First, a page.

Foreign Policy: Sees Obama as a serious threat to Israel. Says he has an absolute way of defeating ISIS that would be decisive and quick, but wouldn’t do so until ISIS toppled Syrian dictator, Bashir al-Assad. Opposed nuclear talks with Iran. Opposed the second Iraq War. Made the case for not removing troops immediately from Iraq because of the potential for Iraq to become radicalized by Iran. Believes U.S. forces have no role in the Middle East.

Dr. Ben Carson

Healthcare/Entitlements: Has said that Obamacare is the worst thing that has happened in this nation since slavery. Supports health savings accounts and other free-market reforms in place of Obamacare. Believes that any fix to the long-term solvency of Social Security must start by gradually the age seniors become eligible for benefits based on the rise in life expectancy.

Energy/Environment: Opposes policies aimed at regulating climate change and supports increased energy production. Believes that developing our energy resources is a key component of world peace. Believes the EPA’s responsibilities should be focused on working with the private industry and academia to find the safest and cleanest ways to utilize our natural resources.

Tax Plans: Has proposed a ten percent flat tax based on the biblical concept of tithing. But has said that the 10% number is not necessarily the number he would propose. Has said that Obama is wrong that raising the minimum wage will reduce income inequality. Has said that he supports raising the minimum wage, a form of government wage controls. Proposed the democrat idea of indexing the minimum wage to inflation so that we never have to have this conversation again in the history of America. Opposed passing Trade Promotion Authority to give Obama fast-track authority.

Immigration: Supports a national guest-worker program. Said that immigration reform should start by ending 5incentives for illegal immigrants. When asked about a pathway to citizenship for the estimated 11 million illegal immigrants in 2013, he said, “of course allow illegal immigrants to have a pathway to citizenship.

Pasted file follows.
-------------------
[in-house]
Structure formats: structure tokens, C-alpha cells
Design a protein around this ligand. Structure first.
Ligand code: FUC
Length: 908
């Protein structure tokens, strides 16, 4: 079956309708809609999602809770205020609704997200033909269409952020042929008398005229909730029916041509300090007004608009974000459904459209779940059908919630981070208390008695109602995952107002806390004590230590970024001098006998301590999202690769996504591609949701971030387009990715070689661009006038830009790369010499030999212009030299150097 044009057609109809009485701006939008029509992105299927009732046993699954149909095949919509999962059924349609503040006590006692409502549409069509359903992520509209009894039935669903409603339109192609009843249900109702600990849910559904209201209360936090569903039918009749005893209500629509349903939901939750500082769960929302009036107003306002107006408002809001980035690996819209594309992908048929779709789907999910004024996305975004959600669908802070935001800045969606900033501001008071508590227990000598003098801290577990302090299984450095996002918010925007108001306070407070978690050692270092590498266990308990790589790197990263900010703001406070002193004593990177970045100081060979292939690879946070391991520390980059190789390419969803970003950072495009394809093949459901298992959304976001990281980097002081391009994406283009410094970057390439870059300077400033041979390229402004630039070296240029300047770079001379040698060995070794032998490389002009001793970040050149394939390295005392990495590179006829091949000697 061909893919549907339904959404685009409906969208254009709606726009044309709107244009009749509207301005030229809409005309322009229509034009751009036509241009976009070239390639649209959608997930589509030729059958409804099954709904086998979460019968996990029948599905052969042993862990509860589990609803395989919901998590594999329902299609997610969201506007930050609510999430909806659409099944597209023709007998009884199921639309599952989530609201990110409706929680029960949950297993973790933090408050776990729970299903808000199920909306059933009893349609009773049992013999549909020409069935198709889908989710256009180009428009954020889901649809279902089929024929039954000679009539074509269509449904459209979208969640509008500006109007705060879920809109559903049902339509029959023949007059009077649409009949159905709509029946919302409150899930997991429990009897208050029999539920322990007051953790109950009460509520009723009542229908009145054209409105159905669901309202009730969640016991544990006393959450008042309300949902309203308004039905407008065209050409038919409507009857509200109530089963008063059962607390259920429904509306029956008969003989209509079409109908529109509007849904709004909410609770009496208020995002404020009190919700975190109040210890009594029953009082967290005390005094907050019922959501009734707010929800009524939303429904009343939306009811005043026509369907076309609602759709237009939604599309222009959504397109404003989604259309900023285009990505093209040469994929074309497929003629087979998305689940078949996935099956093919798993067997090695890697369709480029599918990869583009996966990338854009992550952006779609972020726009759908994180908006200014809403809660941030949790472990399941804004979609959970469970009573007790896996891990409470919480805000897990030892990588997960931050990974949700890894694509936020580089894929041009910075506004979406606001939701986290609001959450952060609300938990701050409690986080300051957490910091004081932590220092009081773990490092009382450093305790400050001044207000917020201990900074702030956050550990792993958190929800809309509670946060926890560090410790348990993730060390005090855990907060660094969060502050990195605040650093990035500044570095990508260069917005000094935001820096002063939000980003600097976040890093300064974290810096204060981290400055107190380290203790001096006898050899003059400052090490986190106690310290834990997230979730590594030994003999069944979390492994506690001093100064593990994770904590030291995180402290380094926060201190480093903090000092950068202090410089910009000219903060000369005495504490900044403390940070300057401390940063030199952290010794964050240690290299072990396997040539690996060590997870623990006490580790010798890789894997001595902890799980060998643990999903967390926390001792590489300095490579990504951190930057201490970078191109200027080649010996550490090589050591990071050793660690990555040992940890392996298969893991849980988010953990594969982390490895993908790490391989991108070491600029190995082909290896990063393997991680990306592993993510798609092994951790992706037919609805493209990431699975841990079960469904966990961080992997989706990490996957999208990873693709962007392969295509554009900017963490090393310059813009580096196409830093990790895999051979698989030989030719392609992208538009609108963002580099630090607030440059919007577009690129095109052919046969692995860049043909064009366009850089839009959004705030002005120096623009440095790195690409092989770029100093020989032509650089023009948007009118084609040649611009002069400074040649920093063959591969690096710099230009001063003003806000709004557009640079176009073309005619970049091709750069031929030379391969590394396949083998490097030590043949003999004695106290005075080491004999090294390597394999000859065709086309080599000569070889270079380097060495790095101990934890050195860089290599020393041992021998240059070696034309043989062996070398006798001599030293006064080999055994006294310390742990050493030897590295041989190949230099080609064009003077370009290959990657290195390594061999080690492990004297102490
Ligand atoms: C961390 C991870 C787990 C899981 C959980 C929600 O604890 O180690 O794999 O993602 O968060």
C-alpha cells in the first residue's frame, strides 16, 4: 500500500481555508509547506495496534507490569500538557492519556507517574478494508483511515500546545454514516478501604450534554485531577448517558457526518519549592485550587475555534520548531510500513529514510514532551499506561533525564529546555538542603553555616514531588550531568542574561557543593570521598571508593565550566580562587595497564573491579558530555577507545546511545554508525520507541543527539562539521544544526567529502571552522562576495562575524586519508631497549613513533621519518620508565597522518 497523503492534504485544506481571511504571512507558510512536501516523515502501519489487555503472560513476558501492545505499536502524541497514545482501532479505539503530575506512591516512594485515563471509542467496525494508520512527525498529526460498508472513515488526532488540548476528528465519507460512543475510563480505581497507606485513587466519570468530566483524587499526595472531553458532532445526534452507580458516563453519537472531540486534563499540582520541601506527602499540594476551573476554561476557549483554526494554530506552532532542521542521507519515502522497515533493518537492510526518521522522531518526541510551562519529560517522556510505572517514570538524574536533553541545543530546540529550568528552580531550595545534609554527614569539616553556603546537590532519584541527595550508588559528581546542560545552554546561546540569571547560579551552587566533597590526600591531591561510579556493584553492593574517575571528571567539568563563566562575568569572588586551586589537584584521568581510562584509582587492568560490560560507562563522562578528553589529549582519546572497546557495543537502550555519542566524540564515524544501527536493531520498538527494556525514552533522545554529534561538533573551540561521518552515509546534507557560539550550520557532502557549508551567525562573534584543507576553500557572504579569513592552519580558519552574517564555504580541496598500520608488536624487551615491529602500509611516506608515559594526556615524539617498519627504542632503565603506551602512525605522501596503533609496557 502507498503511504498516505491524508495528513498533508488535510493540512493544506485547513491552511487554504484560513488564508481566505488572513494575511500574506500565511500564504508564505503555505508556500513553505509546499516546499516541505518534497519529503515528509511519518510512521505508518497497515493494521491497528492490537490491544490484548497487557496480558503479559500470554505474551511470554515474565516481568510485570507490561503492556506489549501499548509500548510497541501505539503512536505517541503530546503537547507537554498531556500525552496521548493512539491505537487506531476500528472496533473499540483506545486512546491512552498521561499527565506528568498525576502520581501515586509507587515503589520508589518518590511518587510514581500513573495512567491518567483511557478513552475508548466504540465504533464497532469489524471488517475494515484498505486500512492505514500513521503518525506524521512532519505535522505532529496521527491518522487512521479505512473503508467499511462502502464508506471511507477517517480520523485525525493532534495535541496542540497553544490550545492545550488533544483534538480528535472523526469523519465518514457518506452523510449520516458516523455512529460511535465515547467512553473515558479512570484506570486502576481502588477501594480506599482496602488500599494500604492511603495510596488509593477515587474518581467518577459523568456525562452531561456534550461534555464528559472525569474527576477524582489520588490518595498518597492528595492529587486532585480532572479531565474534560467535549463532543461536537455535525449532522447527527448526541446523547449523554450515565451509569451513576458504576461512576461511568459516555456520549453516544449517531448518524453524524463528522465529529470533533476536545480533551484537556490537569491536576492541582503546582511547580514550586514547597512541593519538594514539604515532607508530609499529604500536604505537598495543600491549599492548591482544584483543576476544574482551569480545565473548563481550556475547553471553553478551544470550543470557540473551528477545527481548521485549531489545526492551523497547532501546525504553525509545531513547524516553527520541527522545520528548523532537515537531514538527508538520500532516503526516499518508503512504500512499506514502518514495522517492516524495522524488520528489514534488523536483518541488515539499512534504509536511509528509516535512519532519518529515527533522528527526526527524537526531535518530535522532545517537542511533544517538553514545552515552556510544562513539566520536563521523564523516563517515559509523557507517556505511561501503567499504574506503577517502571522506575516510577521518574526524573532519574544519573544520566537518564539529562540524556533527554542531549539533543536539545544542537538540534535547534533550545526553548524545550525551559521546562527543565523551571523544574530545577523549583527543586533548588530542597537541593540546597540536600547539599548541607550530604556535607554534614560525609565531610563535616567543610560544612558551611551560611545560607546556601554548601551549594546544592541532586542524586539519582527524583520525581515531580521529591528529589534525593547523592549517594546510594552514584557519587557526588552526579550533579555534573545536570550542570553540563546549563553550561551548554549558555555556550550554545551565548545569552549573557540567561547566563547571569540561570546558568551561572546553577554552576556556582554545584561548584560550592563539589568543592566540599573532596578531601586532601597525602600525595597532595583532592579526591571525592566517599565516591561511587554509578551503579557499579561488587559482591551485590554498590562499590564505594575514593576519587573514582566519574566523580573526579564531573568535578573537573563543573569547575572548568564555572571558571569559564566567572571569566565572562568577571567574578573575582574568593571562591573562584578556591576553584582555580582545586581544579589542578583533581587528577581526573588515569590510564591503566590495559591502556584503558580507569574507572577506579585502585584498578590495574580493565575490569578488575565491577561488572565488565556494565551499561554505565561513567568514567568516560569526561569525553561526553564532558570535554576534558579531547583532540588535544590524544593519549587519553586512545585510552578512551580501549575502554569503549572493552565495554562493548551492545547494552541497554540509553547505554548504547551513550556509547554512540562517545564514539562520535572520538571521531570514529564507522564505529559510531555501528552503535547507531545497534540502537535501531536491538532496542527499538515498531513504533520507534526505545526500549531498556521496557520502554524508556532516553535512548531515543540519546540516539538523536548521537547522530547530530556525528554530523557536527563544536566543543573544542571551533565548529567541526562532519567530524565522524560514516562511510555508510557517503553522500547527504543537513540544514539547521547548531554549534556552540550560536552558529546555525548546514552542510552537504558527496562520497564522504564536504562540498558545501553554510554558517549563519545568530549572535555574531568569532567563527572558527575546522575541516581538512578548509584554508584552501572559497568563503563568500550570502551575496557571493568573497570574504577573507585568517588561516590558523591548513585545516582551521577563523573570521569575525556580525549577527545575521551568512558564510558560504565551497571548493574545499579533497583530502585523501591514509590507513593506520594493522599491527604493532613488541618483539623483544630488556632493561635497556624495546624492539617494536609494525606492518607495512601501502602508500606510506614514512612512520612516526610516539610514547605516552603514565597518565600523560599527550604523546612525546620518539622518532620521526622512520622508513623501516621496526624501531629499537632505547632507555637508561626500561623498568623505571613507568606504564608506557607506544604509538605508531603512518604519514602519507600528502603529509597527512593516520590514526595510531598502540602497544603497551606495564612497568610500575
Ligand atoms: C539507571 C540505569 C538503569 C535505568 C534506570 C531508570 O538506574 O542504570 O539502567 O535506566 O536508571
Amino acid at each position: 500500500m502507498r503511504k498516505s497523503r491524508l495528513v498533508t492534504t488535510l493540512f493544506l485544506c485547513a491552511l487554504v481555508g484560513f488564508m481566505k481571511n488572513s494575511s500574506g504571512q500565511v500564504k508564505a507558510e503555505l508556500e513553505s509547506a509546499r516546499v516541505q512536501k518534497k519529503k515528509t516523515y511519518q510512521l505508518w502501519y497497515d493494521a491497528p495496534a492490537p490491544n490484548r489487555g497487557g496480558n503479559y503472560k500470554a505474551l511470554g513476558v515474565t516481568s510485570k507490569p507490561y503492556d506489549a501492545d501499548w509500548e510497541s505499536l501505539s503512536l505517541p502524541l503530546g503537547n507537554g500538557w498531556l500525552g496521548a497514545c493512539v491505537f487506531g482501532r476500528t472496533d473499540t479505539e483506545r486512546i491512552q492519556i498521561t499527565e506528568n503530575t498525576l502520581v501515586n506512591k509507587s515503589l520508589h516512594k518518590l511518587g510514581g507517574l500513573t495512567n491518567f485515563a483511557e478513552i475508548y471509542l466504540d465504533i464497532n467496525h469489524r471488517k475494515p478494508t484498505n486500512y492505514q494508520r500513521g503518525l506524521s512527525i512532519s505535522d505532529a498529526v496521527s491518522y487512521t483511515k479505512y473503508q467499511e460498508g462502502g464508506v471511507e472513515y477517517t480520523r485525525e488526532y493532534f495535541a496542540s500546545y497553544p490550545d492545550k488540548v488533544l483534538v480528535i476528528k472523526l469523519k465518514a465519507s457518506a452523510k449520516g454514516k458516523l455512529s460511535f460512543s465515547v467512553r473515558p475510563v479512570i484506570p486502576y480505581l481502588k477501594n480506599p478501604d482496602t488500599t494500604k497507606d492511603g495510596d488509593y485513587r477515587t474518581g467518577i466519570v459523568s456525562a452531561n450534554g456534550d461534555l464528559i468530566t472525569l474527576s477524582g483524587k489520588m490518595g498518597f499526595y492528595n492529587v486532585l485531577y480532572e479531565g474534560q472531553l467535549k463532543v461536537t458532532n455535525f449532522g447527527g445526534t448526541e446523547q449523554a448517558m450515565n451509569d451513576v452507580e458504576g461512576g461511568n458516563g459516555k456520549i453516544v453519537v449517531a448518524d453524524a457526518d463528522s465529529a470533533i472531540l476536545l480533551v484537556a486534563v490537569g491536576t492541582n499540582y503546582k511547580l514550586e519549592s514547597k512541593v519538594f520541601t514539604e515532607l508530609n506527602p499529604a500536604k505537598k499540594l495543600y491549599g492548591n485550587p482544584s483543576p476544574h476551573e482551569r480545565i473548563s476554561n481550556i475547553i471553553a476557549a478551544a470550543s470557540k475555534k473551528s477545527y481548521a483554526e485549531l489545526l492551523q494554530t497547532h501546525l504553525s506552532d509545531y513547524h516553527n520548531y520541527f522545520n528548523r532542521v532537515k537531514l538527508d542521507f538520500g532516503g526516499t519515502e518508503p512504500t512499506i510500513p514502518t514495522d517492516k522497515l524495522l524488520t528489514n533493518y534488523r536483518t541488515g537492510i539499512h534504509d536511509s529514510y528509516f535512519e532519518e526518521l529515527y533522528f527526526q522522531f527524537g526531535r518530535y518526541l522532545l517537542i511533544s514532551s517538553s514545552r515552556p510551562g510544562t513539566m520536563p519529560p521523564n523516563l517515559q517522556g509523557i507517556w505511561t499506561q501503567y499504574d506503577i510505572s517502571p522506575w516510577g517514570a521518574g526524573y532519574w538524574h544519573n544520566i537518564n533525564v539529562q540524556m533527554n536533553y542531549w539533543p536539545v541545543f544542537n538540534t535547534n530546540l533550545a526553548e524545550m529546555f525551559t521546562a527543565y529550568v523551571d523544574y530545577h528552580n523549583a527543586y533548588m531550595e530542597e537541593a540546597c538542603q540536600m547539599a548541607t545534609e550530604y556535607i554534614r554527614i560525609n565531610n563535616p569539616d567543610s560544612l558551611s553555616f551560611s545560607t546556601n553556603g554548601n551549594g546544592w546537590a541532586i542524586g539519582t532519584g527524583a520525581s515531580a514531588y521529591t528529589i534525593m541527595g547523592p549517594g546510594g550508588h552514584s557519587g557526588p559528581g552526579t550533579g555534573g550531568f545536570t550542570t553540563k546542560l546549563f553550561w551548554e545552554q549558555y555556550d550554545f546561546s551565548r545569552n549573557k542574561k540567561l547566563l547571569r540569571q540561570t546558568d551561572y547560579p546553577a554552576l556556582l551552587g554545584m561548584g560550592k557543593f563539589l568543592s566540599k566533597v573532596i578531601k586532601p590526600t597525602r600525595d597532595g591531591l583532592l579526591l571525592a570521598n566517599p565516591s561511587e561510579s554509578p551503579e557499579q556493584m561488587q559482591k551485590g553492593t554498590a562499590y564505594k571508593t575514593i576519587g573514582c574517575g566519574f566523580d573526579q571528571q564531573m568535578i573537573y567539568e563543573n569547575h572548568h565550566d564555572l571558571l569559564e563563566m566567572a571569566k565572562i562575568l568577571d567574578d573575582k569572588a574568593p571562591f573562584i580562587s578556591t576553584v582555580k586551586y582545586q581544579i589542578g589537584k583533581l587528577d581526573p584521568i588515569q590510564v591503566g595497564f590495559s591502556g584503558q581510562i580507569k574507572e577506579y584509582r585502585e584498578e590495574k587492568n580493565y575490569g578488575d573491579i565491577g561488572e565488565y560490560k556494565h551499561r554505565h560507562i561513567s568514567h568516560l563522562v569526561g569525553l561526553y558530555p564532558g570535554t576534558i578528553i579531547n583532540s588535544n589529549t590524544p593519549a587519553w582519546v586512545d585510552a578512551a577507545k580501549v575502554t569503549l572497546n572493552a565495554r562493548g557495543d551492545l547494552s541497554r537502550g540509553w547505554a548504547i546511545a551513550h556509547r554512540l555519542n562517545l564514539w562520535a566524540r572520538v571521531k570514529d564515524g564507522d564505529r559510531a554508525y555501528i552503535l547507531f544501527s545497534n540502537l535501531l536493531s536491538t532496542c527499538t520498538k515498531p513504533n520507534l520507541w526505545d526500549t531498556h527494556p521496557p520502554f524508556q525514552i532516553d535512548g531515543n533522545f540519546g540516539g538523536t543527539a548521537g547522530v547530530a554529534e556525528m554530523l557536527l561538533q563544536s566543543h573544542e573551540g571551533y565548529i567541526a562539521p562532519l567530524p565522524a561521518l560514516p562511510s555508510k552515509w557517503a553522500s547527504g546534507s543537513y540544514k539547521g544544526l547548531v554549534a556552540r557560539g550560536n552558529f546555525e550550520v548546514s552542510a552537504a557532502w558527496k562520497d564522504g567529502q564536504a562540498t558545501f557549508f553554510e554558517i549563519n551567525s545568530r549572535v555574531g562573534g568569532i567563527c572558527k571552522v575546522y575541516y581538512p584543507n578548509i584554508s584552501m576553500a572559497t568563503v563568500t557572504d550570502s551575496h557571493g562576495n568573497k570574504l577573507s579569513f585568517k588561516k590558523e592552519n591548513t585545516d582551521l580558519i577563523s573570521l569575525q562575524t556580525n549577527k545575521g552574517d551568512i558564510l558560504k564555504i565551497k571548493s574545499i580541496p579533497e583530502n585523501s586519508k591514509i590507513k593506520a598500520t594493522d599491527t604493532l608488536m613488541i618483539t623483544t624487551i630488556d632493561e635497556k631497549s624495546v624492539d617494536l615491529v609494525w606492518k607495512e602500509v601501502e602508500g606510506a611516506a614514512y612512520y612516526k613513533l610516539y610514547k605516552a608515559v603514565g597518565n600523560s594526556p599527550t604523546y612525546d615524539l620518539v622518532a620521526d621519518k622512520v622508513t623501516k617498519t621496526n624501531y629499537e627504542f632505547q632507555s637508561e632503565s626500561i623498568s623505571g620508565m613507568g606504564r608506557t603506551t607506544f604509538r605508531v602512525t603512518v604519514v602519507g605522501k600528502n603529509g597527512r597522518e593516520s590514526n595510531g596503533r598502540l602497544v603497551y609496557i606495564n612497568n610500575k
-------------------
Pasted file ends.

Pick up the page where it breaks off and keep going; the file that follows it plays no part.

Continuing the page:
Foreign Policy: Has indicated simplistically that the solution for combatting terrorism is not war, but ending our oil dependency on Arab states, stating, “the terrorists will be defunded, and that’s the way you get them.” Blames low morale and weakness in our current military on the sequester spending cuts. Strong supporter of Israel. Called the Iran deal the worst deal in American history. Has shown a lack of understanding of the way foreign governments work.

In subsequent posts, I will continue outlining candidates’ stances on these issues. However to obtain additional details, which you will surely need to determine which candidate gets your vote, visit the conservativereview.com site.

Facebooktwitter

THE DEBATES

The Republican presidential debates, sponsored by CNN, that took place on Wednesday, September 16, left me as confused as ever. I didn’t like the format and question whether or not CNN, who is no friend to Republicans/conservatives, did this on purpose to make the Republicans look stupid.

Big decisions about such things as going to war, raising or lowering taxes, large entitlement bills, etc. are not made by one person along is one minute while that person is on display. Those types of decisions take up to months of deliberation with trusted advisors. This is the main reason I’m not a fan of debates.

Missteps such as President George H.W. Bush looking at his watch during one of the presidential debates in 1992 and Mitt Romney giving way to Barak Obama on Benghazi can put nails into your coffin. Then we have a humorous one-liner where President Reagan promised not to exploit the opponents’ youth and inexperience. While I loved President Reagan’s response, one-liners such as the above, shouldn’t make a difference in a presidential race, or any political race for that matter.

You might have called the 9/16 debates the Jake Tapper show. Tapper took charge and hardly let the other two moderators speak. Some candidates got more air time than others with Donald Trump getting the most and Scott Walker getting the least. This shouldn’t happen, but I acknowledge that it’s hard to control with that many debaters.